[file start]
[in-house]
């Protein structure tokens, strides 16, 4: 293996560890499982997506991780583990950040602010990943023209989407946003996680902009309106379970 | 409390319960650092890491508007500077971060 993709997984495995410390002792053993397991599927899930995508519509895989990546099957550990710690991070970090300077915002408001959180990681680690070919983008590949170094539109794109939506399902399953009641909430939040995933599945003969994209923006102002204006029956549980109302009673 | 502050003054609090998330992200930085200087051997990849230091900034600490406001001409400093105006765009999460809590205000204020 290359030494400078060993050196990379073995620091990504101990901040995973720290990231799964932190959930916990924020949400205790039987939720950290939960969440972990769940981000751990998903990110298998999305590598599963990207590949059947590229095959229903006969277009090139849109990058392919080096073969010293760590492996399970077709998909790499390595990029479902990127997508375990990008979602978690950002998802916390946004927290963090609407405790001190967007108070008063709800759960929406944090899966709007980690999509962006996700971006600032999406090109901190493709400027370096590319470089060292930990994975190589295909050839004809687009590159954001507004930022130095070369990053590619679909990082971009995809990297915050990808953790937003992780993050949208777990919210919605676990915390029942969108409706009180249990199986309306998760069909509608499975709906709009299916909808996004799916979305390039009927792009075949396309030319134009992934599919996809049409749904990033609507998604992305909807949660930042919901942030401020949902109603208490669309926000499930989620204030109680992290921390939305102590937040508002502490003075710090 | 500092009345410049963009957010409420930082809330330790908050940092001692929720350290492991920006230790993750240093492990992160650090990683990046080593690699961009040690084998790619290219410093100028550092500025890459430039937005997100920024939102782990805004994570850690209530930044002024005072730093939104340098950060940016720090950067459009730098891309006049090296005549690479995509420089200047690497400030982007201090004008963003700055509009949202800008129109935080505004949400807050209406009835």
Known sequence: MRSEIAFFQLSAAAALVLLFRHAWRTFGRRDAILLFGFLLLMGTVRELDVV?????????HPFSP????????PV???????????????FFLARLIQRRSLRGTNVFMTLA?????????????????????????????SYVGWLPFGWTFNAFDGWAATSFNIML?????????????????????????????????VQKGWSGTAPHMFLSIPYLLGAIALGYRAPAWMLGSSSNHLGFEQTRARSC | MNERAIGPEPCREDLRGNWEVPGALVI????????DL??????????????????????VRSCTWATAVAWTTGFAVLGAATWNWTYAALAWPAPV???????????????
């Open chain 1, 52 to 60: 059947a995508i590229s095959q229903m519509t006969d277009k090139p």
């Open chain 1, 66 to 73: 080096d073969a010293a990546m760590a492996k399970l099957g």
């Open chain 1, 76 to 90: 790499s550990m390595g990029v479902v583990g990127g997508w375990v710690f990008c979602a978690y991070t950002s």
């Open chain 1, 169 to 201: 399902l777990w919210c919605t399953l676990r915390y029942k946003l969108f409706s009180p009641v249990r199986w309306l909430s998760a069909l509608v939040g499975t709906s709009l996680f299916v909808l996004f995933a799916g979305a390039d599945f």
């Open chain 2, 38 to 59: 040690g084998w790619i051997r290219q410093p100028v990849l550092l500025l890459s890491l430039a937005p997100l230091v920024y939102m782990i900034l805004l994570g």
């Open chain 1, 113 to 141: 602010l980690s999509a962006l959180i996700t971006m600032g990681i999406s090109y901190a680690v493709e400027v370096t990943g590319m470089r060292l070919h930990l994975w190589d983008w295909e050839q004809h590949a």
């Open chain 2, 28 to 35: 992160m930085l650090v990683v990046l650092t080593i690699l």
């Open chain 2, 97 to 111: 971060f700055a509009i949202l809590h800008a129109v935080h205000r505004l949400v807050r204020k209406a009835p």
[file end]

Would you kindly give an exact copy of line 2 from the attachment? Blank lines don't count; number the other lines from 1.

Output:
């Protein structure tokens, strides 16, 4: 293996560890499982997506991780583990950040602010990943023209989407946003996680902009309106379970 | 409390319960650092890491508007500077971060 993709997984495995410390002792053993397991599927899930995508519509895989990546099957550990710690991070970090300077915002408001959180990681680690070919983008590949170094539109794109939506399902399953009641909430939040995933599945003969994209923006102002204006029956549980109302009673 | 502050003054609090998330992200930085200087051997990849230091900034600490406001001409400093105006765009999460809590205000204020 290359030494400078060993050196990379073995620091990504101990901040995973720290990231799964932190959930916990924020949400205790039987939720950290939960969440972990769940981000751990998903990110298998999305590598599963990207590949059947590229095959229903006969277009090139849109990058392919080096073969010293760590492996399970077709998909790499390595990029479902990127997508375990990008979602978690950002998802916390946004927290963090609407405790001190967007108070008063709800759960929406944090899966709007980690999509962006996700971006600032999406090109901190493709400027370096590319470089060292930990994975190589295909050839004809687009590159954001507004930022130095070369990053590619679909990082971009995809990297915050990808953790937003992780993050949208777990919210919605676990915390029942969108409706009180249990199986309306998760069909509608499975709906709009299916909808996004799916979305390039009927792009075949396309030319134009992934599919996809049409749904990033609507998604992305909807949660930042919901942030401020949902109603208490669309926000499930989620204030109680992290921390939305102590937040508002502490003075710090 | 500092009345410049963009957010409420930082809330330790908050940092001692929720350290492991920006230790993750240093492990992160650090990683990046080593690699961009040690084998790619290219410093100028550092500025890459430039937005997100920024939102782990805004994570850690209530930044002024005072730093939104340098950060940016720090950067459009730098891309006049090296005549690479995509420089200047690497400030982007201090004008963003700055509009949202800008129109935080505004949400807050209406009835």